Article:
When she got to high school, Grace became involved in the Leukemia & Lymphoma Society and a handful of other organizations. But she never felt like she was doing enough.

“I wanted to create an opportunity for people to help beyond donating money, and one that anyone could be a part of, no matter their financial status.”

In October 2018, Grace started Letters of Love, a club at her high school in Long Lake, Minnesota, to emotionally support children battling cancer and other serious illnesses through letter-writing and craft-making.


Image courtesy of Letters of Love

Much to her surprise, more than 100 students showed up for the first club meeting. From then on, Letters of Love grew so fast that during her senior year in high school, Grace had to start a GoFundMe to help cover the cost of card-making materials.

Speaking about her nonprofit today, Grace says, “I can’t find enough words to explain how blessed I feel to have this organization. Beyond the amount of kids and families we are able to support, it allows me to feel so much closer and more connected to my mom.”

Since its inception, Letters of Love has grown to more than 25 clubs with more than 1,000 members providing emotional support to more than 60,000 patients in children’s hospitals around the world. And in the process it has become a full-time job for Grace.

“I do everything from training volunteers and club ambassadors, paying bills, designing merchandise, preparing financial predictions and overviews, applying for grants, to going through each and every card ensuring they are appropriate to send out to hospitals.”

Image courtesy of Letters of Love

In addition to running Letters of Love, Grace and her small team must also contend with the emotions inherent in their line of work.

“There have been many, many tears cried,” she says. “Working to support children who are battling cancer and other serious and sometimes chronic illnesses can absolutely be extremely difficult mentally. I feel so blessed to be an organization that focuses solely on bringing joy to these children, though. We do everything we can to simply put a smile on their face, and ensure they know that they are so loved, so strong, and so supported by people all around the world.”

Image courtesy of Letters of Love

Letters of Love has been particularly instrumental in offering emotional support to children who have been unable to see friends and family due to COVID-19. A video campaign in the summer of 2021 even saw members of the NFL’s Minnesota Vikings and the NHL’s Minnesota Wild offer short videos of hope and encouragement to affected children.

Grace is currently taking a gap year before she starts college so she can focus on growing Letters of Love as well as to work on various related projects, including the publication of a children’s book.

“The goal of the book is to teach children the immense impact that small acts of kindness can have, how to treat their peers who may be diagnosed with disabilities or illness, and how they are never too young to change the world,” she says.

Since she was 10, Grace has kept memories of her mother close to her, as a source of love and inspiration in her life and in the work she does with Letters of Love.

Image courtesy of Grace Berbig

“When I lost my mom, I felt like a section of my heart went with her, so ever since, I have been filling that piece with love and compassion towards others. Her smile and joy were infectious, and I try to mirror that in myself and touch people’s hearts as she did.”

For more information visit Letters of Love.

Please donate to Grace’s GoFundMe and help Letters of Love to expand, publish a children’s book and continue to reach more children in hospitals around the world.

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Images courtesy of AFutureSuperhero and Friends and Balance Dance Project
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The man inside the costume is Yuri Williams, founder of AFutureSuperhero And Friends, a Los Angeles nonprofit that uplifts and inspires marginalized people with small acts of kindness.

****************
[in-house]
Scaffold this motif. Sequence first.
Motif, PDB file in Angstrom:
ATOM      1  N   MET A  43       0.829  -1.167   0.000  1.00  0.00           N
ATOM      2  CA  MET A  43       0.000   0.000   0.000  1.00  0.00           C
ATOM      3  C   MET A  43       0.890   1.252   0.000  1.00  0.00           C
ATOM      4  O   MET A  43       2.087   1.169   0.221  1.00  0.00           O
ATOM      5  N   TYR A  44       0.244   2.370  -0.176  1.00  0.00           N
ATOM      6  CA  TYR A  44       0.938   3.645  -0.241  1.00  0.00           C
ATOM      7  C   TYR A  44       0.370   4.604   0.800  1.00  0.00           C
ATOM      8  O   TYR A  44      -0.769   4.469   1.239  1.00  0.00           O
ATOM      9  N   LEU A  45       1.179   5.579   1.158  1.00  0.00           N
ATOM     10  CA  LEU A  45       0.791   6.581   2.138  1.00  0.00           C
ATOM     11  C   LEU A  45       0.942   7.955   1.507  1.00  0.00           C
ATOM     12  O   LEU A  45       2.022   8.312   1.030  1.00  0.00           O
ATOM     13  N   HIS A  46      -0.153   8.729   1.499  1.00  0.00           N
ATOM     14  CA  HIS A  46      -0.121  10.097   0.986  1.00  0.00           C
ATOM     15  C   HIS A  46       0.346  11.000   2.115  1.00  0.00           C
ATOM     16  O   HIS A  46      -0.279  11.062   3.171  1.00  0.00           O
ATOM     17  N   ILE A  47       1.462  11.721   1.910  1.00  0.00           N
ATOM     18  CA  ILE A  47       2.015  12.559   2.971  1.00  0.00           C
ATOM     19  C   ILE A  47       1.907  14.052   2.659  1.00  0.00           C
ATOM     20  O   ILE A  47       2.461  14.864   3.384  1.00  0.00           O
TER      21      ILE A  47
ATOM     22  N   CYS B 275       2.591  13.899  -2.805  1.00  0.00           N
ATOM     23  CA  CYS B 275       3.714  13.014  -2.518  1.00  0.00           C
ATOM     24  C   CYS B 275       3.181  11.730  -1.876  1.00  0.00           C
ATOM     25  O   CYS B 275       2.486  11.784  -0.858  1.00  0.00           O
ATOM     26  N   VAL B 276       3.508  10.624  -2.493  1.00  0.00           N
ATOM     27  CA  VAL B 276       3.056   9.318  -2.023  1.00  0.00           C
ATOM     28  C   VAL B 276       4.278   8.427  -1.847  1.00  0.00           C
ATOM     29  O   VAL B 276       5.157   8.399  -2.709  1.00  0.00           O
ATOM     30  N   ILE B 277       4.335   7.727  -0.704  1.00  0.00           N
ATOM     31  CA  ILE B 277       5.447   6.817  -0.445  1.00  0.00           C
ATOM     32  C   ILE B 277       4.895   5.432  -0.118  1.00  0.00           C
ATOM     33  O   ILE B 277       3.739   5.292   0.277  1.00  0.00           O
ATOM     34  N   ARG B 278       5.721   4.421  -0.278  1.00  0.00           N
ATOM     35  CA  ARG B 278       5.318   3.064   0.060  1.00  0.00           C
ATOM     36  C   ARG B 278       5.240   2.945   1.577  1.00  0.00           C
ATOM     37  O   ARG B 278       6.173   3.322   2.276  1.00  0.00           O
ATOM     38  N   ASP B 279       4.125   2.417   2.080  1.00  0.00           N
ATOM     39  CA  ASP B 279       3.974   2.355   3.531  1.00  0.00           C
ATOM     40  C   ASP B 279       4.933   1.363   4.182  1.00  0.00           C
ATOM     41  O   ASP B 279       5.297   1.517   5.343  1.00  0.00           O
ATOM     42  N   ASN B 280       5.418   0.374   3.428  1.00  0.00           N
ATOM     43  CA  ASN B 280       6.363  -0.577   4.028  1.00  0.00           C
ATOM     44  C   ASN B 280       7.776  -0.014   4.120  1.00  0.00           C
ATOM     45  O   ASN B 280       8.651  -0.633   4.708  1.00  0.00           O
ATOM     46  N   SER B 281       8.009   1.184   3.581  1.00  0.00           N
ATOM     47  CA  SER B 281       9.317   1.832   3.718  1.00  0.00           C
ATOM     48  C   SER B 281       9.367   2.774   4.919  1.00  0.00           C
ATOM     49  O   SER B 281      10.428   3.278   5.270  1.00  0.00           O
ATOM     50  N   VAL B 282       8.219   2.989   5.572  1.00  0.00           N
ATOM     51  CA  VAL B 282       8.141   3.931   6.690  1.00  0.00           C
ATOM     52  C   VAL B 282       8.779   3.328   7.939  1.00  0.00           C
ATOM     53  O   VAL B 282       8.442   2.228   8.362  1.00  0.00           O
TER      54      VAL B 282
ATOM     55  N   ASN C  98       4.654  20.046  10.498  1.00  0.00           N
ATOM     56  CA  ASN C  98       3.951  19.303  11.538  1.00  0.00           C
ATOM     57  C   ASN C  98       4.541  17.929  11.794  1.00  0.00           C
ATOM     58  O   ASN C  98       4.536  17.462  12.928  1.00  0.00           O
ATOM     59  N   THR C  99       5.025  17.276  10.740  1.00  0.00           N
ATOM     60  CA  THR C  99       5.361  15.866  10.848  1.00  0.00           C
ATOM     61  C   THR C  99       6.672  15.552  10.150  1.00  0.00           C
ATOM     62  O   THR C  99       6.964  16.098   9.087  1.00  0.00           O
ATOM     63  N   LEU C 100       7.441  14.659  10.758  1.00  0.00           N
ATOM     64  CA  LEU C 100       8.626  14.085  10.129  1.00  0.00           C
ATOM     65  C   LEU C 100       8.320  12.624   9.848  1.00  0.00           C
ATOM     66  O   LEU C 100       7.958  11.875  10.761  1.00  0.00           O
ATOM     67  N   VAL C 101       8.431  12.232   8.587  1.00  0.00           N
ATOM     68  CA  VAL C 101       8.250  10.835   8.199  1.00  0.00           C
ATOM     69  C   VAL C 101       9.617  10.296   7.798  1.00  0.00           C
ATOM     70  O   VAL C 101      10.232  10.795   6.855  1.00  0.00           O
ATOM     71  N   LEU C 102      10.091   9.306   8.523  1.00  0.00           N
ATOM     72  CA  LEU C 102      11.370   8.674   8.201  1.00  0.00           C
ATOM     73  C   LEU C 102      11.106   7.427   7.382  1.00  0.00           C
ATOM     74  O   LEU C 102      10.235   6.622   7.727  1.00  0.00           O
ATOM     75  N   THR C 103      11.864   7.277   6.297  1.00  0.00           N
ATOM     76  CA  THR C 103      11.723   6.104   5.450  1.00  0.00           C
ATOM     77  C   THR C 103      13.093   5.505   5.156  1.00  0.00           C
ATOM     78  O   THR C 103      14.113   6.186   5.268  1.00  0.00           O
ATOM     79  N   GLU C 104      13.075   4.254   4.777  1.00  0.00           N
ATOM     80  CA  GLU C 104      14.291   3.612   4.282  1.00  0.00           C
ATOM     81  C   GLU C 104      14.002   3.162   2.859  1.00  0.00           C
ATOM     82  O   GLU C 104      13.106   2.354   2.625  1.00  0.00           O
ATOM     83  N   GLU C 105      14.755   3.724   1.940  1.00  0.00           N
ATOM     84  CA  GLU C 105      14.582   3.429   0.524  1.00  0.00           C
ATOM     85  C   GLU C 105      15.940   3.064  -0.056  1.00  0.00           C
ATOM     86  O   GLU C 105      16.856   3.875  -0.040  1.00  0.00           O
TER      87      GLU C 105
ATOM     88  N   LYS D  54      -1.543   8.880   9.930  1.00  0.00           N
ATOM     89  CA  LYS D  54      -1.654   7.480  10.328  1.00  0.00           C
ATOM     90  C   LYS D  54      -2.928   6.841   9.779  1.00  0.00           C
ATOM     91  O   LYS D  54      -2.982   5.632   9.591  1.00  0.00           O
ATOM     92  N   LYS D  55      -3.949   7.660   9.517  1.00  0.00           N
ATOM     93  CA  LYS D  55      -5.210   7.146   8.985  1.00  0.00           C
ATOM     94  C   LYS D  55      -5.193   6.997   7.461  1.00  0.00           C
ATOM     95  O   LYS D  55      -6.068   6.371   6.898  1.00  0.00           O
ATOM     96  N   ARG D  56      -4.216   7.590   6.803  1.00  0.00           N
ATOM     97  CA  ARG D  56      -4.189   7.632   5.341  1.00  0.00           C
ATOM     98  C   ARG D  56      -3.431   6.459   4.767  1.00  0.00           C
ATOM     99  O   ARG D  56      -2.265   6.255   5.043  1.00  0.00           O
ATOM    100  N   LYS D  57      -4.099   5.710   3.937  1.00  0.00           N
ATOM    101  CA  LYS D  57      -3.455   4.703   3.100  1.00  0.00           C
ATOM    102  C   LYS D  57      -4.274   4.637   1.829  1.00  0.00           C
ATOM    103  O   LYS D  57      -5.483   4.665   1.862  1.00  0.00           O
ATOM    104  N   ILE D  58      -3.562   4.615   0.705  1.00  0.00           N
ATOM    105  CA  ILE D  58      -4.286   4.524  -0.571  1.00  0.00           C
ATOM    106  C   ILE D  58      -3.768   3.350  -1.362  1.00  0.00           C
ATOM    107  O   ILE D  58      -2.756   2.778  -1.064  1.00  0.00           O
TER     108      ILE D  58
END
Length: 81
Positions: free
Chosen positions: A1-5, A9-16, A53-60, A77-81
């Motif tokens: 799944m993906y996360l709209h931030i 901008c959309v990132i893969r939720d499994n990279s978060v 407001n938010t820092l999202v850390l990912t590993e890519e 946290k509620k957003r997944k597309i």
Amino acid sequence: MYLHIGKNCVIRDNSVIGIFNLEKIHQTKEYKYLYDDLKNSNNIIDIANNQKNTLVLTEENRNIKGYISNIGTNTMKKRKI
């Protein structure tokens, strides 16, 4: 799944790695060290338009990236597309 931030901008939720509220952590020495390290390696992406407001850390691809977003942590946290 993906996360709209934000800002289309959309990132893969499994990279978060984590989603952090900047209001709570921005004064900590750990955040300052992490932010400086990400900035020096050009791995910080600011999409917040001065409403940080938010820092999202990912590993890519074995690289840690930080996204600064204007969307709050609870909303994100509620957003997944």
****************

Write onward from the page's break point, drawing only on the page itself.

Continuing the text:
Yuri’s organization is one of four inaugural grant winners from the Upworthy Kindness Fund, a joint initiative between Upworthy and GoFundMe that celebrates kindness and everyday actions inspired by the best of humanity. This year, the Upworthy Kindness Fund is giving $100,000 to grassroots changemakers across the world.

To apply, campaign organizers simply tell Upworthy how their kindness project is making a difference. Between now and the end of 2021, each accepted individual or organization will receive $500 towards an existing GoFundMe and a shout-out on Upworthy.

Meet the first four winners:

1: Balance Dance Project: This studio aims to bring accessible dance to all in the Sacramento, CA area. Lead fundraiser Miranda Macias says many dancers spend hours a day at Balance practicing contemporary, lyrical, hip-hop, and ballet. Balance started a GoFundMe to raise money to cover tuition for dancers from low-income communities, buy dance team uniforms, and update its facility. The $500 contribution from the Kindness Fund nudged Balance closer to its $5,000 goal.

2: Citizens of the World Mar Vista Robotics Team: In Los Angeles, middle school teacher James Pike is introducing his students to the field of robotics via a Lego-building team dedicated to solving real-world problems.

James started a GoFundMe to crowdfund supplies for his students’ team ahead of the First Lego League, a school-against-school matchup that includes robotics competitions. The team, James explained, needed help to cover half the cost of the pricey $4,000 robotics kit. Thanks to help from the Upworthy Kindness Fund and the generosity of the Citizens of the World Middle School community, the team exceeded its initial fundraising goal.

Citizens of the World Mar Vista Robotics Team video update youtu.be

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AFutureSuperhero started a GoFundMe in July to cover the cost of gifts as well as travel expenses like hotels and rental cars. To help the nonprofit reach its $15,000 goal, the Upworthy Kindness Fund contributed $500 towards this good cause.

Think you qualify for the fund? Tell us how you’re bringing kindness to your community. Grants will be awarded on a rolling basis from now through the end of 2021. For questions and more information, please check out our FAQ's and the Kindness Toolkit for resources on how to start your own kindness fundraiser.